Paleo Red Curry Braised Salmon with Sweet Potatoes
Our collection this week is from Olive Magazine, their 40 best ever easy salmon recipes. And I’ve chosen to feature the very first recipe from this great collection Thai salmon parcels with jasmine rice.
Thai Salmon Parcels with Jasmine Rice
Lots of beer, now there’s a temporary solution.
English Pubs Exist to Sell Beer
Despite what some would like to believe, beer is just as bad for you as any other alcohol, and depending how much of the brown falling-down-water you drink, beer is possibly worse that your other regular tipples. All booze has some very deleterious effects on your health, and the more your regularly drink the faster these bad things will happen to you.
Alcohol causes accidents in the home, on the road, and everywhere else you might find yourself after one too many drinks. Most people who commit suicide have been drinking heavily. Booze is also the direct cause of heart failure and other cardiovascular diseases, liver failure, fatty liver, hepatitis, and cirrhosis, sundry gastrointestinal disorders, pneumonia and other respiratory tract diseases, various cancers, pancreatitis, and diseases of malnutrition such as Wernicke’s encephalopathy, Korsakoff’s psychosis, amblyopia, and polyneuropathy. Without treatment you could die from all of these alcohol related dangers. Even with treatment some of the above will still kill you. If you don’t stop drinking, then you will die, horribly and before your time, from one or more of the nasty alcohol related killer diseases.
But, isn’t drinking beer safer? Isn’t it OK to have a few beers, every now and again.
Mostly, the answer to those questions is no. In a healthy adult, moderate drinking doesn’t cause too much damage, and by moderate I mean 1 pint of beer a day, or one standard size glass of wine a day ~ any more than that is quite damaging to your health. And you can’t save up your weekly quota and safely drink it all at the weekend either. Nor can you stay sober for a month and then get good and drunk to make up for all that boring sobriety ~ try that and you’ll most likely end up in vomiting your guts up, or in hospital, or dead.
So what about only ever drinking beer? Beer is made from water, a grain such as wheat or barley, and is usually flavoured with hops. Beer is usually between 4% and 12% alcohol by volume, (ABV). Your liver will take 1 hour to process a bottle of a weaker beer, and maybe 3 hours to process a pint of strong beer. While your liver is processing alcohol it isn’t doing anything else.
In comparison, wine usually has an ABV of 10% to 18%. Drinking an average size glass of wine is the equivalent of drinking a pint of strong beer. The ABV of spirits varies from between 35% to 60%, (sometimes more). A standard measure of spirits, (one shot), is about equivalent to drinking a bottle of strong beer.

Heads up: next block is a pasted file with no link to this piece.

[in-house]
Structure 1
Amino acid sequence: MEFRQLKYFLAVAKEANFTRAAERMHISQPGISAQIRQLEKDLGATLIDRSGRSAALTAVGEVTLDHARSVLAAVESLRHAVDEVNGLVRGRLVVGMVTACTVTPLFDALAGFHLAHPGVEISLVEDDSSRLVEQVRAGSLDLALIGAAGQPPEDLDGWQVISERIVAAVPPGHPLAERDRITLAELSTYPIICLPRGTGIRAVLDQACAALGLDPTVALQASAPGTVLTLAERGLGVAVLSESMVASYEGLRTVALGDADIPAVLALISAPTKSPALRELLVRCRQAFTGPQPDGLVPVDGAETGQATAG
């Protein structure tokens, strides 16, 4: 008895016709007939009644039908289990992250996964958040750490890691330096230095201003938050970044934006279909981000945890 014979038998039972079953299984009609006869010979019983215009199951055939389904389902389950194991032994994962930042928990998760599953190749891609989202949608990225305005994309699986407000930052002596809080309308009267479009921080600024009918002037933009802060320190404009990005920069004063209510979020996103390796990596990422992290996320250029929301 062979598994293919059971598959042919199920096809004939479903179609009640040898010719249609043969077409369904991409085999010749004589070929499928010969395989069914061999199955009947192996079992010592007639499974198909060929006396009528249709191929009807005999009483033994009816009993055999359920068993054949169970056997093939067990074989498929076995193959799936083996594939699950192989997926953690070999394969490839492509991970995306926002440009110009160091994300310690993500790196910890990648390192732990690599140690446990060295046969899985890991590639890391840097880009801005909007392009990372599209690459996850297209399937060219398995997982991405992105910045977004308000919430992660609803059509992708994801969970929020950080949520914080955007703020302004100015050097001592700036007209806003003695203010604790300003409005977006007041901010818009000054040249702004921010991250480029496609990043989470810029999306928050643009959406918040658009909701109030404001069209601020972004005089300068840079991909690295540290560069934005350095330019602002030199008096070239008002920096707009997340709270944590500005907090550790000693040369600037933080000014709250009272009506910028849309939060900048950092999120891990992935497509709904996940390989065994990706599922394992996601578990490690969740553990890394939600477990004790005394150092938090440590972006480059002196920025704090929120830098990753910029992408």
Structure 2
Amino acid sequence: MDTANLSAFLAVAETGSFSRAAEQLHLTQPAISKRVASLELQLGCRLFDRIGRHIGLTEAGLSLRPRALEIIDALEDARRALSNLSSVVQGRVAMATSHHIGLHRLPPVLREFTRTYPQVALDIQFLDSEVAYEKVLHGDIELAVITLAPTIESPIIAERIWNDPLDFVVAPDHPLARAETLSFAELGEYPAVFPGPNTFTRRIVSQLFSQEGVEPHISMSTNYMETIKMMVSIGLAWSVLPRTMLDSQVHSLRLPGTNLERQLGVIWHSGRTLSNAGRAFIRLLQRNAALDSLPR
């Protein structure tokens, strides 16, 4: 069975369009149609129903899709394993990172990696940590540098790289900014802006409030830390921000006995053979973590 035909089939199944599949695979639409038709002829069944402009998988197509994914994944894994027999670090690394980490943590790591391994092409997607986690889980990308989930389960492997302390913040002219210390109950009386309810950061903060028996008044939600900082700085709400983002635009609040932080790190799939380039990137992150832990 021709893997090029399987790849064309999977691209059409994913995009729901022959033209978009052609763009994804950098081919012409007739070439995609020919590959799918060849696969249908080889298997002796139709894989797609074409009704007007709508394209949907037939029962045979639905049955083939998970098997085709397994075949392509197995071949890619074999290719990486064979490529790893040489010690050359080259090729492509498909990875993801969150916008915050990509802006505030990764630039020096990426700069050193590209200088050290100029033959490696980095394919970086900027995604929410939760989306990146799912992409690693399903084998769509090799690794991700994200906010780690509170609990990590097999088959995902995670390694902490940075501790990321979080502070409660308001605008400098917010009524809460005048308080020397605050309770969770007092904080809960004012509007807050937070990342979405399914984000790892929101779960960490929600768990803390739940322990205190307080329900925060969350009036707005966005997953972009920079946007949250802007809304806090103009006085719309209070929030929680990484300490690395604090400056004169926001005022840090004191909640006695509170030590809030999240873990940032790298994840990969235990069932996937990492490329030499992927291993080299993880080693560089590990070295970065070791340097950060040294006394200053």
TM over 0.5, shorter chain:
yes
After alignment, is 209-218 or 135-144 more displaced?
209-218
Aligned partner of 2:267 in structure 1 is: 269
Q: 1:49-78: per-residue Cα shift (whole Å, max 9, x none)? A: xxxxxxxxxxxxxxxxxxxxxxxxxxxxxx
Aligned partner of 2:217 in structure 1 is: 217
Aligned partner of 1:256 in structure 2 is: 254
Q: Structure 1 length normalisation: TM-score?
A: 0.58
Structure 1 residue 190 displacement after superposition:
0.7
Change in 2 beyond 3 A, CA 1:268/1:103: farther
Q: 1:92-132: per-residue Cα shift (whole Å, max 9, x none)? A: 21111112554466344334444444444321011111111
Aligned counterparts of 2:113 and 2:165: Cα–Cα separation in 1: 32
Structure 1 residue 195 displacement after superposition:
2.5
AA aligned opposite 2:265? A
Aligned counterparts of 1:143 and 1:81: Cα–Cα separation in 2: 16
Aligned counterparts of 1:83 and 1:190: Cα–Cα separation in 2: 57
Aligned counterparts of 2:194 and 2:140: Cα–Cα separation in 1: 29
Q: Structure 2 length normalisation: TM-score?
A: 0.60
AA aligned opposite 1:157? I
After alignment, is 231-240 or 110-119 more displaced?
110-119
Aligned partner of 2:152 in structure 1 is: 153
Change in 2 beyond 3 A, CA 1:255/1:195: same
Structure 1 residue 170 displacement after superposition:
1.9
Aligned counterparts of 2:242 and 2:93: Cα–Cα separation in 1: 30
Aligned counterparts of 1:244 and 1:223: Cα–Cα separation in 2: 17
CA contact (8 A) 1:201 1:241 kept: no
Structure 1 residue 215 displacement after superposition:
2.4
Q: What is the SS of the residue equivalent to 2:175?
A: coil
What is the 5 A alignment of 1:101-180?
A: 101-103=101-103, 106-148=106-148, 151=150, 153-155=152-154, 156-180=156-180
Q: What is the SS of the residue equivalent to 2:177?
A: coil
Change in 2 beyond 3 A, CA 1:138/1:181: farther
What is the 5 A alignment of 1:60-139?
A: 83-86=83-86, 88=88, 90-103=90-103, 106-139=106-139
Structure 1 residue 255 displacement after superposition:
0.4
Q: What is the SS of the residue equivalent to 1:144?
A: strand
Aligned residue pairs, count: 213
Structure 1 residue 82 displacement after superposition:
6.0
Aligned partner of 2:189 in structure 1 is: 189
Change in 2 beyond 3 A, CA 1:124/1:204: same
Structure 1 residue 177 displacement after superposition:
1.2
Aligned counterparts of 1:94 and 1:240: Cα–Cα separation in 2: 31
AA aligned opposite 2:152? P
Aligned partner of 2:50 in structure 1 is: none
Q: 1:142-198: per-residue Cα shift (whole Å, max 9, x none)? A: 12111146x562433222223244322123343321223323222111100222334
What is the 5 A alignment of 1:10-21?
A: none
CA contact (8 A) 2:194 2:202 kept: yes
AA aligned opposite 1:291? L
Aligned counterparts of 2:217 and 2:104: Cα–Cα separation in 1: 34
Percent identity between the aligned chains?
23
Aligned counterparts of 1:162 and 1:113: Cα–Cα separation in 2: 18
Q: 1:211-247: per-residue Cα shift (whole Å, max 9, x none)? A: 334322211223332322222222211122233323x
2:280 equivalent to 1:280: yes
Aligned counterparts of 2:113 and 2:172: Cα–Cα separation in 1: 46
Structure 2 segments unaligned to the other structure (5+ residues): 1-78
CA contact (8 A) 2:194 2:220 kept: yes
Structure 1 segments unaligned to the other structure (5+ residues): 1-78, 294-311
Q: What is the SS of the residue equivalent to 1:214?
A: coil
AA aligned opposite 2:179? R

The reasons beer is so bad for you is that there’s a lot of it by sheer quantity, which puts strain on your kidneys dealing with all that urine. Beer is full of grains which are packed with gluten and generally very bad for your digestion, there’s lots of calories in beer, and it’s got hops in it which is a soporific and also promotes the creation of estrogen in the body. Why do you think most beer drinkers are fat, have overhanging bellies, and guys who drink a lot of beer get man-boobs? Beer will kill you just as fast as any other alcohol, and it will make you very unattractive in the process.
Some say that beer is good for you. And that real men always have a few beers when they meet with the guys, or have a BBQ, or watch sports TV….. All I know is that people who drink beer become fat and unattractive, and then they die, before their time.
if the bottom falls out of your world,
drink Guinness and have the world fall out of your bottom.
Cilantro ~ the Devil Herb.
In England ‘Cilantro’ is called ‘Coriander’, which is the word Americans use for just the dried seeds of the plant. Funny, in England we say ‘Coriander Seeds’. The difference arises because ‘Cilantro’ is a Spanish word, and there a big Hispanic influence in the USA. Here, just about the only Spanish influences are that we beat the Spanish Armada in May 1588, and some of us go there on vacation.
Coriander is also known as Chinese parsley, and can be used both in salads and as a herb in cooking.
Some really great dishes use this adaptable plant, which goes really well with lime.
First today we have this cilantro lime chicken dish from Chungah at Damn Delicious. The other fabulous seasonings used in this recipe are brown sugar, oregano, and basil.
Cilantro Lime Chicken
A similar dish from Tiffany at Creme de la Crumb. Except now we have a recipe for one pan creamy cilantro lime chicken and rice. I really like one pan dishes, but it’s coriander here, not cilantro. Nice by any name.
One Pan Creamy Cilantro Lime Chicken and Rice
Tiffany at Creme de la Crumb has this super recipe for one pan Spanish chicken and rice, a bold and zesty dish you can make in a half-an-hour. Strangely, Tiffany calls one of her ingredients coriander, which we now know better as cilantro.
One Pan Spanish Chicken and Rice
Also from Tiffany at Creme de la Crumb, this is interesting; garlic lime shrimp marinade. And this is a fast marinade that will be ready for the grill in just 15 minutes. Lots of cilantro. Tiffany seems to like Cilantro.
Garlic Lime Shrimp Marinade
From San Diego’s Averie Sunshine archive I have chosen this foil pack lime cilantro salmon. This is so easy to make, and it will be ready to eat in 10 minutes ~ you heard me right, just 10 minutes to produce this wonderful tasty, and very healthy dish.
Foil Pack Lime Cilantro Salmon
Heather Christo has a different kind of cilantro recipe for a warm summer afternoon, this tomato peach and avocado salad with cilantro vinaigrette. Heather says that this is a beautifully simple 30 minute salad that will totally blow your socks off. I tend to agree. Nice to take to work for lunch too.
Tomato Peach and Avocado Salad with Cilantro Vinaigrette